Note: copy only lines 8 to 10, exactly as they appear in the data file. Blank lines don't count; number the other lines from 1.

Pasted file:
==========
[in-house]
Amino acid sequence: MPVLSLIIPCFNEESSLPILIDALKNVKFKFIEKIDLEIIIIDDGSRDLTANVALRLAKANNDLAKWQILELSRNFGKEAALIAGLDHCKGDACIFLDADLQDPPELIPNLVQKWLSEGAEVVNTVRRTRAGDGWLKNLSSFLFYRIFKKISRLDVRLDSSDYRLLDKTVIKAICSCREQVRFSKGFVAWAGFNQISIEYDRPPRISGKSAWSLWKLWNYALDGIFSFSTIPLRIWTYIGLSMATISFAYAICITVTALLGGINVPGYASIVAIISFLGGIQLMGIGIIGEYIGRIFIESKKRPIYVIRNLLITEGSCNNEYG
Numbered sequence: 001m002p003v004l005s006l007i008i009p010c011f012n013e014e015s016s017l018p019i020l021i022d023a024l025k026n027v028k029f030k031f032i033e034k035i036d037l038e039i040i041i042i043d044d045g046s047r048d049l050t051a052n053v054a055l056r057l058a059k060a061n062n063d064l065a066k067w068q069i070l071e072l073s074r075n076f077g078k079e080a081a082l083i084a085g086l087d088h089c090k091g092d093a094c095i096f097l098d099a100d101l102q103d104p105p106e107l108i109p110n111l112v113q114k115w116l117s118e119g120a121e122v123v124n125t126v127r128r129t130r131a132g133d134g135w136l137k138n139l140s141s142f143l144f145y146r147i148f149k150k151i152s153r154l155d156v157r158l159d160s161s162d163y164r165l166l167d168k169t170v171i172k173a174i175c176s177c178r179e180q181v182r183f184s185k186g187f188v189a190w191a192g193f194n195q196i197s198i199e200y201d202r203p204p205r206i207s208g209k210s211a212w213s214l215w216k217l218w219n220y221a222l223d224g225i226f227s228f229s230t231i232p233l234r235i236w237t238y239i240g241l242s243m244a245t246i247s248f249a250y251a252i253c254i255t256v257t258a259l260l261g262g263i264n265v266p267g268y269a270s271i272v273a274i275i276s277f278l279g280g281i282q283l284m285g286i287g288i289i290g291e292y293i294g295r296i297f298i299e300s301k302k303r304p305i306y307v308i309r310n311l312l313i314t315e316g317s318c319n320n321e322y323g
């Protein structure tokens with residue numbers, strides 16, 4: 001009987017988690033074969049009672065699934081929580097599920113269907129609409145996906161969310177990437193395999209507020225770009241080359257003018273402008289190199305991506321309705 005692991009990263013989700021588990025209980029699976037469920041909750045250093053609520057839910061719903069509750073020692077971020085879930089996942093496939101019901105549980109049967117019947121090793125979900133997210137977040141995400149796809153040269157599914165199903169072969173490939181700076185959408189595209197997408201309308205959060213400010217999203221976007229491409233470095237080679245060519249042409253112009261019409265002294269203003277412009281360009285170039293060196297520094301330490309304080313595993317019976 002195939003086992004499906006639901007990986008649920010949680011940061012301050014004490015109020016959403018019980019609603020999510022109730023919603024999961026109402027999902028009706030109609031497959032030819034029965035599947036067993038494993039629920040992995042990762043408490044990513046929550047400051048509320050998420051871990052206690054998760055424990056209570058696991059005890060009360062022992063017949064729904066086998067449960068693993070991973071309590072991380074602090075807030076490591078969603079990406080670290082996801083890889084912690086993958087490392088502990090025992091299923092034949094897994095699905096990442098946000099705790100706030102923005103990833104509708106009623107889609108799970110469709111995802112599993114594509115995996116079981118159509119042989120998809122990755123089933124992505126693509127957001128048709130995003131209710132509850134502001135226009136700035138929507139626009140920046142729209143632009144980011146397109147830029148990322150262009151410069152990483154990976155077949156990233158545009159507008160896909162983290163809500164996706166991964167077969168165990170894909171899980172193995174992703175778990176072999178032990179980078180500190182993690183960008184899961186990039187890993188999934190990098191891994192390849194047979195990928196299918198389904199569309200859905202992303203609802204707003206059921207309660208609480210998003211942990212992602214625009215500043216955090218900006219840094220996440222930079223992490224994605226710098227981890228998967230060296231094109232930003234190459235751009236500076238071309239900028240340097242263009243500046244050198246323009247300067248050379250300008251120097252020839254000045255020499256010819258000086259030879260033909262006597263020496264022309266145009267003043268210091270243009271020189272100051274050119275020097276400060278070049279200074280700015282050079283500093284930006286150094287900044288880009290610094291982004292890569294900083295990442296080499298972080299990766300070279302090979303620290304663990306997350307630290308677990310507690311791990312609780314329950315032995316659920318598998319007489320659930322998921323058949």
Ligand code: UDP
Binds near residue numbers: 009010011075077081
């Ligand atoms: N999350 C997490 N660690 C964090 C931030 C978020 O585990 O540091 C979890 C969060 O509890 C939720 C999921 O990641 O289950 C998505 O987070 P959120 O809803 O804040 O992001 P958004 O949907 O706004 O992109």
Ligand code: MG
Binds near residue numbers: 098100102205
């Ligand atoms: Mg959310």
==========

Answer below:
Ligand code: MG
Binds near residue numbers: 098100102205
């Ligand atoms: Mg959310």